Cracking the “complicated” code
By Suntosh Pillay:
Does your relationship status on Facebook create mystery or clarity?
A caller to a TV show quipped that “relationships are harder now because conversations become texting, feelings become phone calls, and arguments become Facebook statuses or tweets”. Our digital age does come with unforeseen hazards that can, quite literally, make or break relationships. A huge influence that Facebook has made to popular lingo is the phrase “it's complicated”.
Your “basic information” on Facebook requires you to choose a relationship status, with the usual options of “single”, “engaged”, “married” or “in a relationship”. The last one requires imagination: “it's complicated”. What does this imply?
Is it a sneaky way of saying “I'm involved with someone but the boundaries are blur”; “I'm chronically breaking up and getting back together so I can't quite tell”; “I'm in a dysfunctional relationship”; “I'm married but act like I'm single”; “I'm complicated”; or “I'm a polygamist divorcing my first wife, married to my second, and engaged to a third”? The possibilities are endless. I wonder if more people now perceive their relationships as “complicated” because the option to name and describe it as such now exists on such a ubiquitous platform.
Perhaps it's the lure – “it's complicated” creates mystery and intrigue. But come on, aren't all relationships a tad complicated? Aren't us humans innately complex social creatures, whose very essence can be described as complicated? Isn't logic suspended in matters of the heart, because the heart has reasons that reason cannot explain?
Or should Facebook just cut to the chase and scrap the political correctness – isn't the real question, “Are you willing to hook up?” And shouldn't the options be: “yes”; “no”; “not with you”; and “thanks I'll get back to you”. Sure, for a certain group of users, the relationship status option is pretty banal and uncomplicated to answer, e.g. “Yes, I'm married, finished and klaar”. But, research shows, that Facebook is perceived as a legitimate and acceptable way of meeting people, because it uses the “McDonalds model”: it's efficient, economical and predictable (or, as my colleague remarked, is it quick, cheap and lazy?).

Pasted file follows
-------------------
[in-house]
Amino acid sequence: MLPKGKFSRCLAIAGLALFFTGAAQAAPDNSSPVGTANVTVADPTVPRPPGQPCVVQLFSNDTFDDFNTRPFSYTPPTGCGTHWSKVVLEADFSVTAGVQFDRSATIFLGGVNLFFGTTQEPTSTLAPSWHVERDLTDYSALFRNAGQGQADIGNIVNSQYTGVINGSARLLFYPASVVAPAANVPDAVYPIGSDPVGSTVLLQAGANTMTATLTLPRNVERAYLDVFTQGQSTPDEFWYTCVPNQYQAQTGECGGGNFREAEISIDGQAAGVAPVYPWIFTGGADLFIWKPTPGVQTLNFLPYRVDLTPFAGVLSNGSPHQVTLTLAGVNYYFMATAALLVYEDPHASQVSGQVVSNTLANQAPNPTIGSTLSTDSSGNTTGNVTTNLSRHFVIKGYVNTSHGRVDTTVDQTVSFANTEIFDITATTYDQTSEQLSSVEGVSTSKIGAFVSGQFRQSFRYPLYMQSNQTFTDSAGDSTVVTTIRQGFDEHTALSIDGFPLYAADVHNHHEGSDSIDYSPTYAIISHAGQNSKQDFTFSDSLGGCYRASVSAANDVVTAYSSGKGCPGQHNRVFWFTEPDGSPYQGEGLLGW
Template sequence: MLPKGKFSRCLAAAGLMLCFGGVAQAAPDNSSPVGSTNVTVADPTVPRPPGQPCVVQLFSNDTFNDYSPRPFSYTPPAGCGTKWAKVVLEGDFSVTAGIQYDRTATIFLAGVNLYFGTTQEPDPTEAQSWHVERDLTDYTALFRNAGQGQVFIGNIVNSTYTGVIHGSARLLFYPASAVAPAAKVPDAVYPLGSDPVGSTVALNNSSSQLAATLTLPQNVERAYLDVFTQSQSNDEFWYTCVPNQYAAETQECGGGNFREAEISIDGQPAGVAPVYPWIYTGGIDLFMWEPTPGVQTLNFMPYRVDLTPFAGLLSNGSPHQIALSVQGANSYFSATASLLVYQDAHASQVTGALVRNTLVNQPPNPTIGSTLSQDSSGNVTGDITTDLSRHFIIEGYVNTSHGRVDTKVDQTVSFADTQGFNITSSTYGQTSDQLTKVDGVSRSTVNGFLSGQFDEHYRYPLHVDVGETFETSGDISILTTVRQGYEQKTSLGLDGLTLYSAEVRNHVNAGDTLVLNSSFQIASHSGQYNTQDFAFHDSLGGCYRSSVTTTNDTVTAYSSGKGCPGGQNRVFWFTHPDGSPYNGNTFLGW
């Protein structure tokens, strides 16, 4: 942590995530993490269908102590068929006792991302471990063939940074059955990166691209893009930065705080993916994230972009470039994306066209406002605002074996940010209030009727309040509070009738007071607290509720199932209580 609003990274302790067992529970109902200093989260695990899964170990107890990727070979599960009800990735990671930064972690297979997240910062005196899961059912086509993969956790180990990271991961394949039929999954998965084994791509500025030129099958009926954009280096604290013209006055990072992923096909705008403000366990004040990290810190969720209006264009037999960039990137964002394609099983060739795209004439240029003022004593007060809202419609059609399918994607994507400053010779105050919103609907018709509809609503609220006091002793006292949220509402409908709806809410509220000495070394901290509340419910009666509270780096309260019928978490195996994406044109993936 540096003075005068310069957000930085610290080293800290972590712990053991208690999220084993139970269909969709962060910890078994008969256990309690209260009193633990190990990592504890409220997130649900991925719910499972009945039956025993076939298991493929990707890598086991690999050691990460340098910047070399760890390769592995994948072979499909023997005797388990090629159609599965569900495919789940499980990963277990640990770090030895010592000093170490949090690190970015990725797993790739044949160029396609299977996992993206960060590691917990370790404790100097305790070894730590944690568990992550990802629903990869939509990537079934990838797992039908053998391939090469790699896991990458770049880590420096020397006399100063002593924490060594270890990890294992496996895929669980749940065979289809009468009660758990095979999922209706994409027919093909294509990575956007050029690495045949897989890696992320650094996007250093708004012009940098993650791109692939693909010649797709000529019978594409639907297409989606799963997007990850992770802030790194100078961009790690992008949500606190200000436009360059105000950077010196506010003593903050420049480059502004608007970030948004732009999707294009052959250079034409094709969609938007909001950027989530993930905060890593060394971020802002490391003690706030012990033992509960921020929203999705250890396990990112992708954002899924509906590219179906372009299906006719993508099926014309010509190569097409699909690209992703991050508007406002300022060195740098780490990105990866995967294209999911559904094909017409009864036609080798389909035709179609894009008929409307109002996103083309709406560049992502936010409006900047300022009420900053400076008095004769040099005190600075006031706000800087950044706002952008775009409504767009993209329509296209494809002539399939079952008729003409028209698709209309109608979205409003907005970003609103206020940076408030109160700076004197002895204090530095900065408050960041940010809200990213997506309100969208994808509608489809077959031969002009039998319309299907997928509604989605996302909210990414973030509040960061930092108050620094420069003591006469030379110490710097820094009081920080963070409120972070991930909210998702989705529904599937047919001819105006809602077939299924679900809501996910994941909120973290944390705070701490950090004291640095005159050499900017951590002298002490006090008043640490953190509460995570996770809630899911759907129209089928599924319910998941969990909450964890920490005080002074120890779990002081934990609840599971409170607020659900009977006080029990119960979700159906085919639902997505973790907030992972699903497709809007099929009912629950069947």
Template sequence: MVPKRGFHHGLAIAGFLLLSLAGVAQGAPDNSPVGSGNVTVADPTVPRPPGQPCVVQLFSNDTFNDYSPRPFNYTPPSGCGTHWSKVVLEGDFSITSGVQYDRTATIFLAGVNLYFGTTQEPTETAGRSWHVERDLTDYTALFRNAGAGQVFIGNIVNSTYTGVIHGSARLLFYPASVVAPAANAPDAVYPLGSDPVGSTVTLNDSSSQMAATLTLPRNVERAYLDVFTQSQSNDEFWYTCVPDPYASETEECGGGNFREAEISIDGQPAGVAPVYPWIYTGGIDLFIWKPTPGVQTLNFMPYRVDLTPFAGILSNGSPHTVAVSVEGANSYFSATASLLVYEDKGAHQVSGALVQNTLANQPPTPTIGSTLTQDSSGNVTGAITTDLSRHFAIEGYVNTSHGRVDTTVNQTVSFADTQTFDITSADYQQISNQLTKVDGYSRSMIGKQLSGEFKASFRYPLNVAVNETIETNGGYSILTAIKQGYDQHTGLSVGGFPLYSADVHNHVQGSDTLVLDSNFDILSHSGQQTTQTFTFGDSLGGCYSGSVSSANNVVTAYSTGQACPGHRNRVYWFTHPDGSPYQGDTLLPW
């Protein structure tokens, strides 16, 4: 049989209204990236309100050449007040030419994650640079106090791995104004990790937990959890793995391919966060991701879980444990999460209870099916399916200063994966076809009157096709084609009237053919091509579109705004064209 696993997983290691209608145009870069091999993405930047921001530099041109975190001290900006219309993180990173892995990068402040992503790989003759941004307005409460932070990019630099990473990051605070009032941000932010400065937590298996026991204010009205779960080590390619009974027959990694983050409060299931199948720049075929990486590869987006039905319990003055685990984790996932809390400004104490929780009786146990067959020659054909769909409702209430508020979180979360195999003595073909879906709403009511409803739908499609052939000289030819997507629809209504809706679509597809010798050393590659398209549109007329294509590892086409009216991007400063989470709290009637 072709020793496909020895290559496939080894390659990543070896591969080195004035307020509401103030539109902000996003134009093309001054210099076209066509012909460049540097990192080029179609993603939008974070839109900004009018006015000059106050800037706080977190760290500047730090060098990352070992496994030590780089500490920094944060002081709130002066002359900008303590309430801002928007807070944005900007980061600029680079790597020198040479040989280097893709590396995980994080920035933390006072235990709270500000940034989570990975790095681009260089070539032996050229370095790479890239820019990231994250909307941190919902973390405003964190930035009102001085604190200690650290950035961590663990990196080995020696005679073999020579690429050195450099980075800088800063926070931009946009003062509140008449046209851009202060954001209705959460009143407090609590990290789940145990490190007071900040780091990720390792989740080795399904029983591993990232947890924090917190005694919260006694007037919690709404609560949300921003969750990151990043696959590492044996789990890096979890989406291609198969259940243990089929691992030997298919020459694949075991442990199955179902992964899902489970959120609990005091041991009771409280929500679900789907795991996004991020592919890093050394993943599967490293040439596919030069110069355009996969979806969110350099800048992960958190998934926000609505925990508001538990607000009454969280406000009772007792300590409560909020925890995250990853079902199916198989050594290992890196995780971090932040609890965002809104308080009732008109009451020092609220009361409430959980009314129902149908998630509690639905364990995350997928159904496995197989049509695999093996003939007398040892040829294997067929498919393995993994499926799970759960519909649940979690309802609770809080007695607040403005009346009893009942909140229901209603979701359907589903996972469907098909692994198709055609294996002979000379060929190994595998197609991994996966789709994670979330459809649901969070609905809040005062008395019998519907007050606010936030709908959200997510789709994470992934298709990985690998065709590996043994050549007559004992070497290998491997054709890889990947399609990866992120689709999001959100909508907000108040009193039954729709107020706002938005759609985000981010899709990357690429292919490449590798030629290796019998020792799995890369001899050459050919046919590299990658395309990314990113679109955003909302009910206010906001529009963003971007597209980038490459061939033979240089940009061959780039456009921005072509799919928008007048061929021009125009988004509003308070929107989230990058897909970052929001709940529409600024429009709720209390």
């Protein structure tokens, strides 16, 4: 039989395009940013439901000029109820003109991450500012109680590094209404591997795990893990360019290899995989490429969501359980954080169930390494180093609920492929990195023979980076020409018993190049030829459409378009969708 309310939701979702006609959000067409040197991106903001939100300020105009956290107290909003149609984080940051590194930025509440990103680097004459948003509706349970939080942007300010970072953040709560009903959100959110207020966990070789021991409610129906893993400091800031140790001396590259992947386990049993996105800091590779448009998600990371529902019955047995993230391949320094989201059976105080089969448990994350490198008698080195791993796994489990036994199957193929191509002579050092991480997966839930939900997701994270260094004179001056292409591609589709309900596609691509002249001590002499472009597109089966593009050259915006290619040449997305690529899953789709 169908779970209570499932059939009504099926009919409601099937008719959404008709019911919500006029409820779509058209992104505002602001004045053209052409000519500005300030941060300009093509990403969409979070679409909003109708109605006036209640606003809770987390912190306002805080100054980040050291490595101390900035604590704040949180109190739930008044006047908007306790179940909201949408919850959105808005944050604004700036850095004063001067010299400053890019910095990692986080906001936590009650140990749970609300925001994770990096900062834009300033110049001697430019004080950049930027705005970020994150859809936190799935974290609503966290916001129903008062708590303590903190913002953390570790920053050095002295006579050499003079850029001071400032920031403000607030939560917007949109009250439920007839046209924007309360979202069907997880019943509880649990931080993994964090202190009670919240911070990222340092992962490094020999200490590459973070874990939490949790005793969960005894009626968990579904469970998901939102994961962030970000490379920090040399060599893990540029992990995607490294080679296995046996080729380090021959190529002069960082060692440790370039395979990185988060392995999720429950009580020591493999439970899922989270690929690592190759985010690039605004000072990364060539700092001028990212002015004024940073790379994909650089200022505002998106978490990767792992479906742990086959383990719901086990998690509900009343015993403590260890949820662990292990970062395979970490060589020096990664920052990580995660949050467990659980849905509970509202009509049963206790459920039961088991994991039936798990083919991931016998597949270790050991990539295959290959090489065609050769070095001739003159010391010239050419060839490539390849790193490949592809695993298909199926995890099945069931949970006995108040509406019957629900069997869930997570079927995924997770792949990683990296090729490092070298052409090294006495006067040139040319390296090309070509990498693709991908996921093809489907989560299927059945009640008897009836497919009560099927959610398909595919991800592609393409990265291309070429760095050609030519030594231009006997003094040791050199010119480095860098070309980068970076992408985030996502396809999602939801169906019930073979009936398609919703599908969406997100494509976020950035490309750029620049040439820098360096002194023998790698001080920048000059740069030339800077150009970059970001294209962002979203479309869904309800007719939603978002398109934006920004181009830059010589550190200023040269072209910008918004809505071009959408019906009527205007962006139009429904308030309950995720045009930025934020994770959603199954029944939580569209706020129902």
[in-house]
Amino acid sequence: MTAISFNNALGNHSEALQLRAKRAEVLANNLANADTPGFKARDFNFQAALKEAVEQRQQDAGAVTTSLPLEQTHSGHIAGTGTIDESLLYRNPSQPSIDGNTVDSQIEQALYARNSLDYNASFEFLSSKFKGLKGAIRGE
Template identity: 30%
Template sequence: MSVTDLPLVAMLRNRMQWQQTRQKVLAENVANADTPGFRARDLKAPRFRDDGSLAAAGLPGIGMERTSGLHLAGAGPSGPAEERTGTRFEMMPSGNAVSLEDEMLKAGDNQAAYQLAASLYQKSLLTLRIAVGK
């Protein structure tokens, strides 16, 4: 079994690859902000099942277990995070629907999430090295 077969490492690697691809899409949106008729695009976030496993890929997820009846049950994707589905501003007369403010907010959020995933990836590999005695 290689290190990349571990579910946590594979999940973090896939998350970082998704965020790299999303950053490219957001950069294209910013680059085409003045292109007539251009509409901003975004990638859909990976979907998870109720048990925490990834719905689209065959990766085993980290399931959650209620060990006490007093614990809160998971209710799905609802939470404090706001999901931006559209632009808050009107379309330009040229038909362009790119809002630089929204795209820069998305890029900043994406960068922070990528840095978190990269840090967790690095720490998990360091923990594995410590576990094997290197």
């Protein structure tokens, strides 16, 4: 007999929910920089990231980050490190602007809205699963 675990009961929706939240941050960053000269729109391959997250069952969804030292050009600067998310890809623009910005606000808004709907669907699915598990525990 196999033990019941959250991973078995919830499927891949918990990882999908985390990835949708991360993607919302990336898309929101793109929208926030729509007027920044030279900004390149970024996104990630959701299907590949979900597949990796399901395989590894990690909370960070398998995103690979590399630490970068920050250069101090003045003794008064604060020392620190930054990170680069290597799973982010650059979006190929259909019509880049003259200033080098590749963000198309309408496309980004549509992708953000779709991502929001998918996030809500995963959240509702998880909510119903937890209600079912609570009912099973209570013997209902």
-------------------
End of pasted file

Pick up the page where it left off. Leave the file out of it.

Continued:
Your relationship status instantly implies the necessary boundaries that a potential relationship – platonic or otherwise – might have to exist within. “Complicating” your status allows fluidity which increases the range of options. The vagueness is strategic.
So, are relationships more fluid than they used to be? If so, how are the boundaries drawn and how are they negotiated? For example, would you insist that your partner “update” his or her relationship status if he started dating you? Would you “update” your status from “married” to “it's complicated” if you and your wife had a fight? Or is “married” a static category that doesn't warrant changing until one is divorced or widowed? Perhaps “it's complicated” is the proverbial frame on the wall – it's a conversation starter. Anonymous stranger is browsing through the profiles of friends of friends, sees your good-looking mug shot and checks your relationship status. “It's complicated” allows them to message you a clarifying question – “Hi there … so what does 'it's complicated' mean? Are you single or not”. And so the conversation begins. Subtext: is there the possibility that you and I have a future together should I wish to pursue this further? Deeper subtext: is there the possibility that you and I can hook up and share some meaningful/meaningless cavorting? This is all really speculative, but surely the choices cannot be as administrative as they seem. And surely one doesn't walk into a bar or nightclub without a clear idea of what one's “relationship status” is for that night? Facebook is like a huge online bar, without the seedy musky smell or over-priced liquor.
The virtual sphere offers endless networks of people that one could associate with, at varying degrees of intimacy and depth, and with multiple (covert) intentions. Is technology merely adapting to changing patterns of social interactions; or is technology actively creating and perpetuating these types of interactions based on the way in which the online rules of engagement operate? The answer is most likely a theory of interdependence, whereby each feeds into the other, creating and recreating. This dynamic, complex interplay ensures that relationships, whatever their official statuses, are always, by their nature, complicated.
Suntosh Pillay works as a clinical psychologist and writes independently on social issues. This article first appeared in The Witness.